Tanuj Chopra: The director is making his first appearance at the Tribeca Film Festival. His full-length feature, Punching at the Sun, which won Best Narrative at the San Francisco International Asian American Film Festival, follows a South Asian teenager living in Elmhurst, Queens, who must grapple with the fatal shooting of his brother.
Ajay Naidu: The actor, best known for his role as Samir in Office Space and Nazeer Choudhury in Eric Bogosian’s SubUrbia, is currently preparing to shoot his first feature film, Ashes. The film concerns two inner-city brothers whose lives are unraveling because of mental illness and involvement in the underworld.
Naidu: So, Tanuj, man, I thought your movie was really beautiful. I was very moved. How did you get yourself into the place where you knew you had to make that?
Chopra: This film came from all parts of life. We didn’t have a full casting process. We didn’t have producers. We didn’t have a business plan. We just went with our lives [and wanted to] give kids a chance who wouldn’t necessarily get a chance to act. We didn’t want to portray a particular Punjabi family, or the stereotypical Rai one. We didn’t want the major revelation in the film to be, “Hey, I’m Indian and he’s American, and I don’t know what to do.” This is a movie about loss. It’s also about where South Asian-American media is today in this country. We’ve come a long way from Mississippi Masala.
Naidu: Well, I certainly hope so. I get so riled up by the fact that I have to first comment on the fact that I am South Asian before I’m allowed to even tell interesting stories. And I think you’re with that, man.
Naidu: I must compliment you on the fact that the squalor in the film definitely took a strong presence as something very Indian or very South Asian that no one really brings up. There’s a strong sense of miserablism to it.
Chopra: The film is about an anti-hero. There are moments in the film that are very Desi. There are moments in the film that are very universal. And there are moments where the characters are heroes, moments where he’s a villain, and moments where we want to show the complexity of not only Desi life, but everybody’s life— human life.
Naidu: Definitely, definitely. I’m just now getting ready to make my picture. I’m terrified; I know that we don’t have shit. I think I’m going in with similar obstacles that you must have met, so I wanted to ask all these questions like, “Jeez, man, we don’t have no fucking loot.” What can I do to, like, assuage some of my fear?
Chopra: There’s a lot of little tricks you can do in your production to speed things up. Try to use as much available light as you can. Keep your lights to a minimum.
Naidu: You mentioned that you had a very long and difficult editing process.
Chopra: We had one retake session, but really editing is where you’ll suffer. You do cut after cut. Our first cut was 110 minutes. I had to cut 30 minutes out. And it wasn’t because someone told me to. We loved it, but…the story’s not working. So we were editing in my apartment with Final Cut Pro. We were editing in Delhi.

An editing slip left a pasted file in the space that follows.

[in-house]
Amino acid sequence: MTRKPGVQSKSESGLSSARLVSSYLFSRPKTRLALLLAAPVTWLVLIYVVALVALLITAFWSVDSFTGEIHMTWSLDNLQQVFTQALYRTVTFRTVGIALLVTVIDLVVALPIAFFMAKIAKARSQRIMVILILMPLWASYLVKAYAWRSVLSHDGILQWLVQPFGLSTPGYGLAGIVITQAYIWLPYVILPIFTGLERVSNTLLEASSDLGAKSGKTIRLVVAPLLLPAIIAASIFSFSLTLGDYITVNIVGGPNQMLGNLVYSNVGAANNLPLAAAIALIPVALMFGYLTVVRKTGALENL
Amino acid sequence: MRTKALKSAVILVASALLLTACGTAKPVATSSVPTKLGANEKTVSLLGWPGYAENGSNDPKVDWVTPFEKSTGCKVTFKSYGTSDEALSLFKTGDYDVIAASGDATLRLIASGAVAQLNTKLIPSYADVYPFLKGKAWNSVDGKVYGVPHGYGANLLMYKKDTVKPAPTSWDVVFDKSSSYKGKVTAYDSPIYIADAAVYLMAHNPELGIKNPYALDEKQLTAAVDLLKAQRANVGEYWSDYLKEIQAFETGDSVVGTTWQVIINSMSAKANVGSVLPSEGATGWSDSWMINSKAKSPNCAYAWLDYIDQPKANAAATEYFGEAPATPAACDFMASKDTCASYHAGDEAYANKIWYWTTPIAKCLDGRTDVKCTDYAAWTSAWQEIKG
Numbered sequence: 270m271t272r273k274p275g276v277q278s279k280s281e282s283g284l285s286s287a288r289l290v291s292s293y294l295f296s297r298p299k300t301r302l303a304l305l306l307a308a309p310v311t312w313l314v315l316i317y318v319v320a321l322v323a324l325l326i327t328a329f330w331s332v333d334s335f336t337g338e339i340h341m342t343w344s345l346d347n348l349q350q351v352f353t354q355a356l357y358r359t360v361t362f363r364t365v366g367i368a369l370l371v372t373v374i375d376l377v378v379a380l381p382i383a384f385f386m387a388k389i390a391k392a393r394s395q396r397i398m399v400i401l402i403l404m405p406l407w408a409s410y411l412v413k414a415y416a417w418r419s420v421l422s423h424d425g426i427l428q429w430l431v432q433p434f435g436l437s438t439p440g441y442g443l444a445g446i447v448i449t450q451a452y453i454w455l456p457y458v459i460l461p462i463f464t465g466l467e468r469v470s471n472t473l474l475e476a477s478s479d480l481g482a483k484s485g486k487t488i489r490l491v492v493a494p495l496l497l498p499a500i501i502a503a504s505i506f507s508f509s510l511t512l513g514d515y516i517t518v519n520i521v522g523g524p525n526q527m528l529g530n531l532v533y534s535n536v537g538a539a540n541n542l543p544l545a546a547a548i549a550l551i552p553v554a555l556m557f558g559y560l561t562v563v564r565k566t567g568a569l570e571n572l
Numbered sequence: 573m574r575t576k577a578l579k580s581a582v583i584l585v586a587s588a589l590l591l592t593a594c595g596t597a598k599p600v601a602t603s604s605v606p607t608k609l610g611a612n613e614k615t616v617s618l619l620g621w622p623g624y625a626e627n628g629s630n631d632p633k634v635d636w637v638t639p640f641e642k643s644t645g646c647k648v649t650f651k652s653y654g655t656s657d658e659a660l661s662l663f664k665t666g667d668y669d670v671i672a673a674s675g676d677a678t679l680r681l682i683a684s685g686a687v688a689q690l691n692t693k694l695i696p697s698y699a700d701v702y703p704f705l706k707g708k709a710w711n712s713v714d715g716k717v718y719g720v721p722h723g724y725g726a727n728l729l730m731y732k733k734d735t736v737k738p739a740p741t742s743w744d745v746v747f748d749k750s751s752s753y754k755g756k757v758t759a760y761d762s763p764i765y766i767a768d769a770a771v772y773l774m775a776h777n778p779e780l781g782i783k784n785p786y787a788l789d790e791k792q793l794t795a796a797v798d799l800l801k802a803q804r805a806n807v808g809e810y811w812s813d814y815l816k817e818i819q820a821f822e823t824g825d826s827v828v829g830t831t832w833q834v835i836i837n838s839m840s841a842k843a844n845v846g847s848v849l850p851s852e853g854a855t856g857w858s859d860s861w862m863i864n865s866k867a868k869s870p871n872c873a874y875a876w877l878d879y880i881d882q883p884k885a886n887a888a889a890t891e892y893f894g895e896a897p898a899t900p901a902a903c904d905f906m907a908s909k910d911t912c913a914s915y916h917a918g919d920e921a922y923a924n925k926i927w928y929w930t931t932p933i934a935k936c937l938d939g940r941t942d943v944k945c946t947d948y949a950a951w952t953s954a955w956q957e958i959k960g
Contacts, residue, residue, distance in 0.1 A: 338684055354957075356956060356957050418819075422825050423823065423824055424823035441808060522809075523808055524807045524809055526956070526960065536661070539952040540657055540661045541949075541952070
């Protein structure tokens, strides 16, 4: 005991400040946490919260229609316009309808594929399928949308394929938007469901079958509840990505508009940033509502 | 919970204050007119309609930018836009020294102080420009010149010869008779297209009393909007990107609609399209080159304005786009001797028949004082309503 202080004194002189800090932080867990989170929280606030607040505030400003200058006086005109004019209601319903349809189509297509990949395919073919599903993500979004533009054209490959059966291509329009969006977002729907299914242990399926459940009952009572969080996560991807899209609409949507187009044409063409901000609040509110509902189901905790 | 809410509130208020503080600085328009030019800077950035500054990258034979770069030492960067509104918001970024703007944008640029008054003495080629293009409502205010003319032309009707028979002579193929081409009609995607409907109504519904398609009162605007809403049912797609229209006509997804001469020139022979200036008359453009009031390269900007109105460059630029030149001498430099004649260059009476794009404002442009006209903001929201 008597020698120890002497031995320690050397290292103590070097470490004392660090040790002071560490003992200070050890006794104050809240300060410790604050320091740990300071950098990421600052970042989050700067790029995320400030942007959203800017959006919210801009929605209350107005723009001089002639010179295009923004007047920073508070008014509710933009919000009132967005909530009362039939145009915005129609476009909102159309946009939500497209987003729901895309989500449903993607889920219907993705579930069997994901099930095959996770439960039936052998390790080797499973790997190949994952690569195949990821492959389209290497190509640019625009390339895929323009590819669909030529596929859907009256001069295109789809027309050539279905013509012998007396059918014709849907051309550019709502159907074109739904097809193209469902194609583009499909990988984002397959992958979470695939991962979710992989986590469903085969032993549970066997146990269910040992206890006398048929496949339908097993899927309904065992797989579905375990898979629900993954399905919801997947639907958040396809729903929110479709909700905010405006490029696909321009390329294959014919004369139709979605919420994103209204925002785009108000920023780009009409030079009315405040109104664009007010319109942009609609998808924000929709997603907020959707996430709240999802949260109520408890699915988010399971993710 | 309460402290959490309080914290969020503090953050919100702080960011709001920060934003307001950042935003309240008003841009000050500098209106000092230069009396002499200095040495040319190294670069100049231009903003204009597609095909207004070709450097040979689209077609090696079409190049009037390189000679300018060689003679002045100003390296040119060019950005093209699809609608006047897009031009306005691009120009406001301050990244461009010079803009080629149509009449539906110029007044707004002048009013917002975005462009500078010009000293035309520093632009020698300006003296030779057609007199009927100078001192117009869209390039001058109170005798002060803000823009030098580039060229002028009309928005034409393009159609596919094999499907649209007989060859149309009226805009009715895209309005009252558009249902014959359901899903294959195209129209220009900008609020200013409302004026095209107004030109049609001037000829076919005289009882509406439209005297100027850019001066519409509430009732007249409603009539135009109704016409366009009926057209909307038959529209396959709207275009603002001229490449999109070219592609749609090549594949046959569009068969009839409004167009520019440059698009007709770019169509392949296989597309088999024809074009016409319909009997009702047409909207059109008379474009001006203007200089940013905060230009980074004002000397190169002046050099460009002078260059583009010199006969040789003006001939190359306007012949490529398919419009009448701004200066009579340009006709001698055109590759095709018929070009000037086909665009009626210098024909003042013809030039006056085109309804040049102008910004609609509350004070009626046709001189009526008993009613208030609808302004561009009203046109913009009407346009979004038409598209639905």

Naidu: That is so dope that you edited in Delhi.
Chopra: Get to Delhi. It’s where it’s going on.
Naidu: Now that the movie is coming, you guys are obviously going to try to sell it.
Chopra: We didn’t even know we’d get screened. We didn’t know we’d finish. Now we’re sitting here at Tribeca [and] we did it our way, too, with our people, our friends.
Naidu: Did you find yourself, when you were working on it, ever deeply heartbroken, or did you find yourself in a place where you just thought it wasn’t going to keep going?
Chopra: We didn’t have money, but the battle for me was more personal, like holding together my personal life, while this long edit was going on. That’s really where the trouble starts. Because this thing is consuming you, and a lot of people and friends fall off. Because editing is dark. You’re just in there—cut for cut, cut for cut—for months. But I love filmmaking.
Naidu: I haven’t made much in terms of a filmmaker, but I’ve acted in lots of pictures. I know from the one short film I did [direct], that it’s all day, and it’s every day. I know that it can be so tough, because, you know, I’ve been going forever and ever on [Ashes]. It’s such a long road. I know that this process can really grind you down, but it must be sweet when you finally get to watch that stuff.
Chopra: It’s always hard because you’ve watched it so many times: You’re sitting there squirming. You’re like, “I wish I tweaked that.” But I still get emotional watching this movie. These kids are beautiful kids.
Naidu: The only other time that I’ve seen this kind of work is through the work of Barry John, an Indian director who runs the National School of Drama in Delhi. For many years he was working with children in the street, and he was largely responsible for a lot of Salaam Bombay! One of the things that really made me happy about this is that I saw a strong tradition of the non-actor being allowed to tell and be an instrument.
Chopra: Oh, man, I appreciate you seeing that. It comes from a long line of Indian filmmaking. There’s talent in these kids. Teenagers are just naturally in a place where…
Naidu: Their guards are down, and they’re up there.
Chopra:…They’re ready to act, you know.
Naidu: It’s gorgeous, man.